The 5 Branches Of Chinese Medicine
The term ‘Chinese Medicine’ (or, if you prefer, ‘TCM’ – Traditional Chinese Medicine) is a broad one, and it really encompasses a way of thinking – a holisitc approach to health, well-being and treatment.
There are many techniques and therapies that fall under the umbrella of Chinese Medicine, and in this article, I’ll briefly run through the main ones,
Within Chinese medicine are 5 main therapies or techniques
- Tui na massage
- Tai chi / qi gong
- Dietary therapy / nutrition
Together, they form a complete system for health care, treatment of disease and personal cultivation and development.
These 5 branches are united by a shared understanding of human health and illness based on the interplay between the different systems and energies that make up a human being. Although each branch uses a different method for treatment, the diagnostic process and the language and theories used to describe the current state of health or illness are the same for all 5.
This holistic approach to health and illness is important because of the complex nature of most illness, particularly chronic and degenerative conditions. Modern Western medicine likes to look for a singular cause of an illness, like a mechanic looking for the broken part of a machine. Once the broken part is found, it can be fixed or replaced. Chinese medicine, in contrast, takes a systems approach, and looks for overall imbalances. There is rarely a single cause, but rather a number of contributing factors.
Although you may think of Chinese medicine as a treatment for illness, these arts are also very powerful tools for maintaining health and well-being, and preventing disease and illness. Indeed, they have always been used for this purpose, and to help to bring us into the highest possible state of physical, mental, emotional spiritual well-being, which is sometimes called ‘radiant health’. This is what’s known as Yang Sheng or ‘Nourishing Life’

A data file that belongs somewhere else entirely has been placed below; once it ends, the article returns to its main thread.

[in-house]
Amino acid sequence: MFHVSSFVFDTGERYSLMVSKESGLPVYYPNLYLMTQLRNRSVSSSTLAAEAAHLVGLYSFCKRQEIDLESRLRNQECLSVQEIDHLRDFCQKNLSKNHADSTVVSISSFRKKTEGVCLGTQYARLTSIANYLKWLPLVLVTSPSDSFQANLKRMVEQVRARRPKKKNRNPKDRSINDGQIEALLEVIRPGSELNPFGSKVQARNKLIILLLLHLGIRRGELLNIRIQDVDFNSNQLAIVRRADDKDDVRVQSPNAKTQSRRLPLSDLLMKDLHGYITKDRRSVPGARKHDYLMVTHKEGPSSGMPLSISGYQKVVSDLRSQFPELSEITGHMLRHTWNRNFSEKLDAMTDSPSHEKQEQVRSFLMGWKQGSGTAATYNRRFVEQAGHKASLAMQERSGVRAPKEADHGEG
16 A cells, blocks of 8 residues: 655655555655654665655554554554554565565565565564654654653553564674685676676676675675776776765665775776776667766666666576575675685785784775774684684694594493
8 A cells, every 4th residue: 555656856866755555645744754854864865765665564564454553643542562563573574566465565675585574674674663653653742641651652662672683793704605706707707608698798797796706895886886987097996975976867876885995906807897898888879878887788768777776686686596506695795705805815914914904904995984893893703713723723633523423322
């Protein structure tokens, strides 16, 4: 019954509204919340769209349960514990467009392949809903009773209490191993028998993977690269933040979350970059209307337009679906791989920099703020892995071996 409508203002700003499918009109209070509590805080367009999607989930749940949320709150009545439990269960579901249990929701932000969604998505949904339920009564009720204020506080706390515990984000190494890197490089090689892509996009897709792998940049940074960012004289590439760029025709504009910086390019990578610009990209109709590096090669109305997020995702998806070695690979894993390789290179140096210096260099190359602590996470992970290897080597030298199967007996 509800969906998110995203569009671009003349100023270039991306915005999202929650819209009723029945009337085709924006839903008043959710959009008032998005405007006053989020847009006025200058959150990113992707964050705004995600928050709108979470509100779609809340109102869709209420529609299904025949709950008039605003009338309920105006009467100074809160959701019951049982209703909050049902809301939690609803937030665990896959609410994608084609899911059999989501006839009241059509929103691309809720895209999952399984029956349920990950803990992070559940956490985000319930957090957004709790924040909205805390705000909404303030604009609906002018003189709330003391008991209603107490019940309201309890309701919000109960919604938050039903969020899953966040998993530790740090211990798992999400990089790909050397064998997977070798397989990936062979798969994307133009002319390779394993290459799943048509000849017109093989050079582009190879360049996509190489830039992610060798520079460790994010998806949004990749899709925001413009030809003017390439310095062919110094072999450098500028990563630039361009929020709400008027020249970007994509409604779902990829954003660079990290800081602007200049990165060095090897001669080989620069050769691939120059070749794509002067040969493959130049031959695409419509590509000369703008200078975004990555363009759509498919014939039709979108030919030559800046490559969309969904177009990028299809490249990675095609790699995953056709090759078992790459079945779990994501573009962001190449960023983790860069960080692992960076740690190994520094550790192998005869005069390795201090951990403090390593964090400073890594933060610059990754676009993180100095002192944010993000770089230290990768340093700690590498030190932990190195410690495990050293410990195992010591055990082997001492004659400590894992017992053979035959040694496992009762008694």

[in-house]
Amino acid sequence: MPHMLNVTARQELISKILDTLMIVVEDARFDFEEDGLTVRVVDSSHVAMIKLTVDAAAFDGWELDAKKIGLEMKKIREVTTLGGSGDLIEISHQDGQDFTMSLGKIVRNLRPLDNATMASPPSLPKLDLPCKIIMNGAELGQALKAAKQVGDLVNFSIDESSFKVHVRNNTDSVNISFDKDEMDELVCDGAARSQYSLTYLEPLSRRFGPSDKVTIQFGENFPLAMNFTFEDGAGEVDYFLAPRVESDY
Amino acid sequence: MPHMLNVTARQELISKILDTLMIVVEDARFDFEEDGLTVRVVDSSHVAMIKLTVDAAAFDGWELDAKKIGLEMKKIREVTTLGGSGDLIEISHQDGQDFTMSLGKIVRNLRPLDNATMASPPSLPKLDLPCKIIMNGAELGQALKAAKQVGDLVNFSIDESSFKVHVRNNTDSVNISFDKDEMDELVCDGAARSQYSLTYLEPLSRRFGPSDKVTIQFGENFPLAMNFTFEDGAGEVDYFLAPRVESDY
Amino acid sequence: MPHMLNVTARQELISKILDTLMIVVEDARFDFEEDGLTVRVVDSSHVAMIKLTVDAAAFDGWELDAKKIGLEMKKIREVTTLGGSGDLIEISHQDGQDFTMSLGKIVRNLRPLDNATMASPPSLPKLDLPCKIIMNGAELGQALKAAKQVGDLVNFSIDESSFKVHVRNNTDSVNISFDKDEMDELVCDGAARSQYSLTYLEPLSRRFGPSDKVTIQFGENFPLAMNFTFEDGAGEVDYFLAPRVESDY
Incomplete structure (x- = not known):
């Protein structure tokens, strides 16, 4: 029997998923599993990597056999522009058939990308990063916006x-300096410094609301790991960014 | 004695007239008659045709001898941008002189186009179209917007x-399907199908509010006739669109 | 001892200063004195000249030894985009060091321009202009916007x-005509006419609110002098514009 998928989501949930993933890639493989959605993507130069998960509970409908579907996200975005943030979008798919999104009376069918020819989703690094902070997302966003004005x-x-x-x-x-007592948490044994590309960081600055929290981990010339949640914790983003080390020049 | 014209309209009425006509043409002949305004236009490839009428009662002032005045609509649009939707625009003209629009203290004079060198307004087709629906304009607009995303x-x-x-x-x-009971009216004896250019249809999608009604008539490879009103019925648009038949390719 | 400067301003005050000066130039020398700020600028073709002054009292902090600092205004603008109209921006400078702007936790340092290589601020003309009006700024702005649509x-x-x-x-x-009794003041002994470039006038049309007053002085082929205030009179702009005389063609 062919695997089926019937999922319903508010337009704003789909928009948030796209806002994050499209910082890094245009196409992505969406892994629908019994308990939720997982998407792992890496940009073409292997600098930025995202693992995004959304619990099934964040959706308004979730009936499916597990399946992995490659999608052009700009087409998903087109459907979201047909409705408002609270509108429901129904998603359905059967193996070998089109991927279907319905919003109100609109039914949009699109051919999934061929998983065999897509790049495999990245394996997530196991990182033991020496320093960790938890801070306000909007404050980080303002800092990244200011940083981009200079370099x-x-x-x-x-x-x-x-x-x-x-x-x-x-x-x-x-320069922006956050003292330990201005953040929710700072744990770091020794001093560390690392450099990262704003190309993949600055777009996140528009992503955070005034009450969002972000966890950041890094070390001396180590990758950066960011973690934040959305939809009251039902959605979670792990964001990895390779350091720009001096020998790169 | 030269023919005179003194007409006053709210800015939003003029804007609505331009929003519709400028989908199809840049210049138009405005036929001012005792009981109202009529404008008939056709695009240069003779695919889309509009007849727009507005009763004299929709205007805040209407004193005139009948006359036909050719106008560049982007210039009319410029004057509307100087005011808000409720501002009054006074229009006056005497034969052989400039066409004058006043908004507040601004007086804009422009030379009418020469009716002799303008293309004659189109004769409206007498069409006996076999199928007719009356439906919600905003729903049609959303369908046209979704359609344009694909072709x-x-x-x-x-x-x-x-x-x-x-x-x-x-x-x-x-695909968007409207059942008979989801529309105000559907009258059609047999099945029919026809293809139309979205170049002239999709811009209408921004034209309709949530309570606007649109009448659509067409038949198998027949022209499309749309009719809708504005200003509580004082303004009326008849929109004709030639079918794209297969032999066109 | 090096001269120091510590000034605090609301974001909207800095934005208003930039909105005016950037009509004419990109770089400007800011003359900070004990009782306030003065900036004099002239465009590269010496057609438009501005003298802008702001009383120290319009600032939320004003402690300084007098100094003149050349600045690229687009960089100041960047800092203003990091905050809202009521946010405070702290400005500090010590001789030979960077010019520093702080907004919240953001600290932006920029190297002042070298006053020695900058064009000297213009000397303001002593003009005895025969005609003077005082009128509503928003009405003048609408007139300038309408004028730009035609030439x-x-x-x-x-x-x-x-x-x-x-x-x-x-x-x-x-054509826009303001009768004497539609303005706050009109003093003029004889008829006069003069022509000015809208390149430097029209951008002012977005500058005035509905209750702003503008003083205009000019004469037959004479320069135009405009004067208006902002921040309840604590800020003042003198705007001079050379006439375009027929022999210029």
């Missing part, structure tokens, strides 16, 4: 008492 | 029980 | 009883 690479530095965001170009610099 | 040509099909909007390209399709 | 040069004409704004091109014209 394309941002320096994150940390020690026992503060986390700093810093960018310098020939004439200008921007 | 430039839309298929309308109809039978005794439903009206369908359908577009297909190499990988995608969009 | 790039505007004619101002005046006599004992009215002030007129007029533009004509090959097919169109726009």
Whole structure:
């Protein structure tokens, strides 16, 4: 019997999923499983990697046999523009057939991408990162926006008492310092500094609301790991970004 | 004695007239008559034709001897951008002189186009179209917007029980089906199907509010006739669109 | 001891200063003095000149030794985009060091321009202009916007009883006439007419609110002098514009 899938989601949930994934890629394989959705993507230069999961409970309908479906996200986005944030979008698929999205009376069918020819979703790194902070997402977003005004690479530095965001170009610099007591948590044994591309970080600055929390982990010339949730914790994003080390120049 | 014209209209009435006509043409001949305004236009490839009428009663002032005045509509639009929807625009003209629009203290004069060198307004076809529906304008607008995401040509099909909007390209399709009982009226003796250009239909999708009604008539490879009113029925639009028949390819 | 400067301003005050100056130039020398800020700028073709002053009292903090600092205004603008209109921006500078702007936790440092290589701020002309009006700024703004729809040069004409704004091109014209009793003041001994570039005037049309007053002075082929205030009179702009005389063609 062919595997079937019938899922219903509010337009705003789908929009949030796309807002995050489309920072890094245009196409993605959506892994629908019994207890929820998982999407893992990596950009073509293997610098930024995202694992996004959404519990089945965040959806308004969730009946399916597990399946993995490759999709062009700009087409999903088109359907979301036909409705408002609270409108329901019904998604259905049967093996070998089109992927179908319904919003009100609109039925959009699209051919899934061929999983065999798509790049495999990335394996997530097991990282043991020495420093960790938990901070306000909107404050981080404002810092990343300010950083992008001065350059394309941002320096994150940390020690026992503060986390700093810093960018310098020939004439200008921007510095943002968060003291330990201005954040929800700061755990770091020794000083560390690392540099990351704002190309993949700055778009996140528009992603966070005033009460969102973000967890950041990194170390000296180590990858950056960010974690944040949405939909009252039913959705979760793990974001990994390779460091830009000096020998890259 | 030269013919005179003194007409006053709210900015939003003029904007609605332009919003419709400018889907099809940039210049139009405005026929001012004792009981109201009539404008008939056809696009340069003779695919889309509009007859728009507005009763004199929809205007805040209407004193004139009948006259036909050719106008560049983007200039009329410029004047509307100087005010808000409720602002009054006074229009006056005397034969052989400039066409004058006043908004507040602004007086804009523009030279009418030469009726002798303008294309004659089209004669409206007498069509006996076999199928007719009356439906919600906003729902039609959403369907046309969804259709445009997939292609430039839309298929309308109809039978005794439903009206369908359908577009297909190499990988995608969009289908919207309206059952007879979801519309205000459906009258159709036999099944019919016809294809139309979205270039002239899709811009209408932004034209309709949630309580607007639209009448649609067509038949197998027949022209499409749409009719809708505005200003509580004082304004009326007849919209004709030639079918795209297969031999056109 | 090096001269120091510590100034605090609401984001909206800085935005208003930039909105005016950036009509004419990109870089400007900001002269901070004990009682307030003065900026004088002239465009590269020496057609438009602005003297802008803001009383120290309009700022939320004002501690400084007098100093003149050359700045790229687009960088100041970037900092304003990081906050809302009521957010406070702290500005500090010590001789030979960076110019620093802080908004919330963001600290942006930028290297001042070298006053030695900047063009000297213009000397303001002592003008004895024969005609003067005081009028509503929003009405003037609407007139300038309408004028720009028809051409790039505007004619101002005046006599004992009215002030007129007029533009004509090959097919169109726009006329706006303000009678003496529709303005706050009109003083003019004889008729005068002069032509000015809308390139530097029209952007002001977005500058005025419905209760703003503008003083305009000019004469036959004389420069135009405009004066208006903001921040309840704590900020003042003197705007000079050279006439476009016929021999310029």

In my Bristol Chinese Medicine Clinic I regularly help people in this way – with regular maintenance and ‘top-up’ sessions to keep them well and prevent illness.
Acupuncture & Tui Na – The Energetic Body
Most people are familiar with acupuncture, which involves the use of tiny needles at specific points in the body, in order to treat illness and maintain health. However, most have never heard of Tui Na, the Chinese massage and acupressure therapy. The crossover between the two is that they both work very directly with the ‘energetic body’ – the channels and acupoints.
According to this ancient understanding, our Qi flows around the body in a set pattern, following certain channels, sometimes called ‘meridians’. These channels flow all around the body, creating a matrix of interconnecting pathways both on the surface, and within. They link and unify all parts of the body, carrying Qi and Blood, and connecting the interior and exterior.
Arranged along the channels are specific points, called ‘acupoints’ at which the Qi flow can be influenced. They are the ‘gates’ or ‘valves’ that an acupuncturist or tui na practitioner can use to access the flow of Qi and Blood around the body.
Traditional Chinese medicine recognises something like 365 acupoints, spread out all over the body. These points each have a Chinese name, and are also numbered along the channel. For instance the 36th point along the Stomach channel is just below the knee, it’s number is Stomach-36 (abbreviated to ‘St36’) and it’s name is Zu San Li.
There are also a number of ‘extra’ points that are not located on, and are not related to, any particular channel. These tend to have quite specific functions, for instance the point ‘anmian’ located behind the ear, helps insomnia.
Finally, the category of points called ‘ashi’ points have no fixed location, and are determined by the practitioner by palpation. The ashi point is simply a point of local tenderness or pain, and can sometimes (but not always) correspond with the Western concept of a ‘trigger point’.